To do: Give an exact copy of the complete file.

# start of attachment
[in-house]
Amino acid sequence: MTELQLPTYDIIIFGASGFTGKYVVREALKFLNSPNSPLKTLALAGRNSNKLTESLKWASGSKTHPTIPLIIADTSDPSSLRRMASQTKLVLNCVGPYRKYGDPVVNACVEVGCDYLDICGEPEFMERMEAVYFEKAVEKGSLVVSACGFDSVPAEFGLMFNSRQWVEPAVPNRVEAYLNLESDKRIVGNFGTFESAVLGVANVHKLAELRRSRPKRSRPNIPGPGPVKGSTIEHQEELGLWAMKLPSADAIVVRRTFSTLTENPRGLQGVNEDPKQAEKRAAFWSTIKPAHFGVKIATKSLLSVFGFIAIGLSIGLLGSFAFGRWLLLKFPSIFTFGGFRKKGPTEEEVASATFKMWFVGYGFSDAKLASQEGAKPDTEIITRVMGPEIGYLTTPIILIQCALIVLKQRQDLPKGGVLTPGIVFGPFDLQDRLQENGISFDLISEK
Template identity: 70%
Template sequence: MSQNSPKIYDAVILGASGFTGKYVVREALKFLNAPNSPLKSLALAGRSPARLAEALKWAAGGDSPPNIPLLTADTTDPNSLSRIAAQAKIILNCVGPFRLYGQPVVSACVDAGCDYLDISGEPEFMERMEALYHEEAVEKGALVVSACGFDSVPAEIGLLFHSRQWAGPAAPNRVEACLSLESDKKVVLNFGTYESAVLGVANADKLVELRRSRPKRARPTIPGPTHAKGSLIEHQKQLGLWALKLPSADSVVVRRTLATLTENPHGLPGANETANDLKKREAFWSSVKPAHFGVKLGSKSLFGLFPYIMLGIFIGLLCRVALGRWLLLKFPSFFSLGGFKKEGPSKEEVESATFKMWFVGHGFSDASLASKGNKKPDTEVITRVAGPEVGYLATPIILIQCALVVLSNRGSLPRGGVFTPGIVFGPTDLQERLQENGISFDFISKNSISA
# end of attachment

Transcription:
[in-house]
Amino acid sequence: MTELQLPTYDIIIFGASGFTGKYVVREALKFLNSPNSPLKTLALAGRNSNKLTESLKWASGSKTHPTIPLIIADTSDPSSLRRMASQTKLVLNCVGPYRKYGDPVVNACVEVGCDYLDICGEPEFMERMEAVYFEKAVEKGSLVVSACGFDSVPAEFGLMFNSRQWVEPAVPNRVEAYLNLESDKRIVGNFGTFESAVLGVANVHKLAELRRSRPKRSRPNIPGPGPVKGSTIEHQEELGLWAMKLPSADAIVVRRTFSTLTENPRGLQGVNEDPKQAEKRAAFWSTIKPAHFGVKIATKSLLSVFGFIAIGLSIGLLGSFAFGRWLLLKFPSIFTFGGFRKKGPTEEEVASATFKMWFVGYGFSDAKLASQEGAKPDTEIITRVMGPEIGYLTTPIILIQCALIVLKQRQDLPKGGVLTPGIVFGPFDLQDRLQENGISFDLISEK
Template identity: 70%
Template sequence: MSQNSPKIYDAVILGASGFTGKYVVREALKFLNAPNSPLKSLALAGRSPARLAEALKWAAGGDSPPNIPLLTADTTDPNSLSRIAAQAKIILNCVGPFRLYGQPVVSACVDAGCDYLDISGEPEFMERMEALYHEEAVEKGALVVSACGFDSVPAEIGLLFHSRQWAGPAAPNRVEACLSLESDKKVVLNFGTYESAVLGVANADKLVELRRSRPKRARPTIPGPTHAKGSLIEHQKQLGLWALKLPSADSVVVRRTLATLTENPHGLPGANETANDLKKREAFWSSVKPAHFGVKLGSKSLFGLFPYIMLGIFIGLLCRVALGRWLLLKFPSFFSLGGFKKEGPSKEEVESATFKMWFVGHGFSDASLASKGNKKPDTEVITRVAGPEVGYLATPIILIQCALVVLSNRGSLPRGGVFTPGIVFGPTDLQERLQENGISFDFISKNSISA